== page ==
MANSFIELD -- The Richland County Fair is back this year from Aug. 7 through 14.
Some of the community's most traditional grandstand events have returned, including harness racing, the rodeo, motocross, demolition derby, and the OSTPA tractor pull.
4H projects have always been a longtime favorite, with participants putting their all into their projects each year. Carson Abbott, 17-year-old president of Ring Raiders 4H club, has been involved in the program for nine years.
“This year I am taking a steer named Ferdinand, my nieces named him last year when he was my feeder calf. I have enjoyed raising him since he was a week old and I bottle fed him. I also am taking a Llama, Bodie,” Carson said.
“Llamas and alpacas are fun as a project. They all have a unique personality. I chose these two projects because I like the bigger animals even though they can be a challenge.”
4H is a non-formal youth education program offered to those age 5 to 19. The organization is named for “Head, heart, hands, and health.” There are currently 39 active 4H clubs in Richland County. 4H does not just include animals and agricultural studies, but consumer and family sciences, plant sciences, robotics, shooting sports, and more.
“4H has been an amazing experience for me. There are so many opportunities if you really put the effort into it. I have been Rabbit Ambassador and Llama, Alpaca and Camelid Ambassador in past years and I have held various offices in our club,” Carson said.
His mother, Faith Temple Abbott, has been involved in the fair since 2005, and an advisor for the past six years. She believes people benefi from the fair in many ways.
“People who don't live on farms or raise livestock come to the fair and learn about animals and agriculture. There are also shows that the community can come to watch like horse racing, motocross, and tractor pulls. The fair brings people together,” Abbott said.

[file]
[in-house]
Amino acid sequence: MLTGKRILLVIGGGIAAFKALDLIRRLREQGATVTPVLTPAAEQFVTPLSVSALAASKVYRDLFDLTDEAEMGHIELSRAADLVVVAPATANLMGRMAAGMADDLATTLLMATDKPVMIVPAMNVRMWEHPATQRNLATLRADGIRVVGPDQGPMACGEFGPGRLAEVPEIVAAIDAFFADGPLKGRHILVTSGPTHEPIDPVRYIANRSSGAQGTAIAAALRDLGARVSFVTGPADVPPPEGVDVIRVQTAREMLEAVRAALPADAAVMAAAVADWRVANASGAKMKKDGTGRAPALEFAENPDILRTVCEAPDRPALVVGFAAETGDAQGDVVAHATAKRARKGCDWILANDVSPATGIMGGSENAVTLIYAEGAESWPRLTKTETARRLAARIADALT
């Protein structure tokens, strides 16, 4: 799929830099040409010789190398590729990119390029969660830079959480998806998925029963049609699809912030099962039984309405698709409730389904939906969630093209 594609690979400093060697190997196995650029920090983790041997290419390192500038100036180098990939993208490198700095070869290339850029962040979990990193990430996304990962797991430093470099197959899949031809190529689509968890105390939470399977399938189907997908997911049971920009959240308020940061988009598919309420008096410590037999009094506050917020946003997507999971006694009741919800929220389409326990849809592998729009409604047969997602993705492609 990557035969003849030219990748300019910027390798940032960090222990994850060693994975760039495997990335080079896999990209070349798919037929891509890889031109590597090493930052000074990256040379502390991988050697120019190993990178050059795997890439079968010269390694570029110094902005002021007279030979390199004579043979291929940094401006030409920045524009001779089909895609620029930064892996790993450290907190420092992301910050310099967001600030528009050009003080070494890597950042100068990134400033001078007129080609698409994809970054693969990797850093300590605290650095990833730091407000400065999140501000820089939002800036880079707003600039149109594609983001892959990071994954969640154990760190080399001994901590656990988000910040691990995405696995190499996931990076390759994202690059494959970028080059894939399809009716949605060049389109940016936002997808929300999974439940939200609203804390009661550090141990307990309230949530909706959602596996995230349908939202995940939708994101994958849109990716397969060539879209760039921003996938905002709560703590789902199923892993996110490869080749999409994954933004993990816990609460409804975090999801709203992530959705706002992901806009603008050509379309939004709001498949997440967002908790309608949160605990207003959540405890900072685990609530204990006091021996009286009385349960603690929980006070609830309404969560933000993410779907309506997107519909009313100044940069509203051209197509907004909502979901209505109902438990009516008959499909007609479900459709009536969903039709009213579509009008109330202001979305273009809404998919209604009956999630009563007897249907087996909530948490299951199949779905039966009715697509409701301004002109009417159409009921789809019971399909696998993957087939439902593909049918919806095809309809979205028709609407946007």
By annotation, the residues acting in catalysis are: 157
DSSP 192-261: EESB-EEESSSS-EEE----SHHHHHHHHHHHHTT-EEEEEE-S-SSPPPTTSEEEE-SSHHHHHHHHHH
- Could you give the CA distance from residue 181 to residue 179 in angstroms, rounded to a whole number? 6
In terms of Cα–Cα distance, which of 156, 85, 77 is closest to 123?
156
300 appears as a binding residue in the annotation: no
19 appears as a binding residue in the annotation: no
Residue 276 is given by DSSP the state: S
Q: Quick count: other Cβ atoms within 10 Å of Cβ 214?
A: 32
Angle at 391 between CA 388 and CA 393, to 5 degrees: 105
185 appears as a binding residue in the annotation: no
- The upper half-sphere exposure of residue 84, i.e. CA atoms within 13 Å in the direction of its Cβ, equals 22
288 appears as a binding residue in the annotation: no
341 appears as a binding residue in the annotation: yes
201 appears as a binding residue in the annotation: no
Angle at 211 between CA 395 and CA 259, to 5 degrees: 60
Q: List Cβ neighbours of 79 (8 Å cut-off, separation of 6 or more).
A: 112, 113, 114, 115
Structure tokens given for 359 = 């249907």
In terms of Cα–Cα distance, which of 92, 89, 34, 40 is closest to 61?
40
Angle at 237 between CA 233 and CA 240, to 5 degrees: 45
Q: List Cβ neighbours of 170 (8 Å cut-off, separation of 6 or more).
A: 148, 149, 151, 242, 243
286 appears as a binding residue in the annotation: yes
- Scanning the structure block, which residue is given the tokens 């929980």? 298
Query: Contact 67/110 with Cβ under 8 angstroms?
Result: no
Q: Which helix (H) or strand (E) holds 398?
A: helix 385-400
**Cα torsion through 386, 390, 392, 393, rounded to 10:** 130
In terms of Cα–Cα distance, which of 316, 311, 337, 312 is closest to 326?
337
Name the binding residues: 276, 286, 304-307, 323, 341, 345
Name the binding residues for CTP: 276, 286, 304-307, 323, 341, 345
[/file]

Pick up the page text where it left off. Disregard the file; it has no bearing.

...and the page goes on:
Leigh Oden, an advisor for the 4H club “Freedom Wranglers,” has been involved in 4H for too many years to count. For many years, she worked closely with the Alpaca program and brought the Alpaca Buddies program to the show so special needs members of the community could participate. Her sons, Bryan and Eric, were founding members of the club, and she’s been a part of it ever since.
“I think the biggest benefit that the fair brings to the community is the opportunity to see farm animals 'up close and personal.' I also strongly believe that children who are involved in programs like 4-H and FFA become well-rounded individuals. These kids learn the value of hard work and what it means to be part of a community,” Oden said.
“Just look around the fairground and you will see how hard the kids and their families have worked to get the fairgrounds ready for fair week. What the public doesn’t see is the pens being set up, flowerbeds being planted and weeded, and the tremendous amount of work and coordination it takes to bring all of the projects in before opening day.”
The 4H motto is “to make the best better” and that shows through the youth projects each year. Advisors have seen the growth in the participants; through their interview skills, social skills, and general improvement with their projects.
“I have learned that we have great kids in our community who work very hard to bring their projects to the fair. They know what grit is. They understand the risks and rewards that come with having a livestock project,” Oden said.
This year, the fair is offering a Kids Zone, which includes a petting zoo, camel rides, and pig races. There will also be glass blowing and a Fire Prevention Program.
“Pig races are hilarious if you haven’t seen one before,” Abbott said.
The Nature Park will have live music throughout the week, including performances by Matt Goodrich, a country artist, Tom’s Kitchen Table, a bluegrass band, the Mid-Ohio Community Band, and more. Also at the Nature Park will be demonstrations from the Ohio Bird Sanctuary, lessons about butterflies and other pollinators, beekeeping, etc. To see the full schedule, visit the Richland County Fair’s website.
General admission is $6 daily, but for free for children 48’’ and under. Citizens can also buy membership and season tickets. August 8th is Senior Citizens Day, and Armed Forces Day is Aug. 11, both offering discounts.
“The fair has come a long way over the years. More livestock, more vendors, different shows and concerts. Just more in general for people to enjoy,” Abbott said. “It’s gonna be a great year!”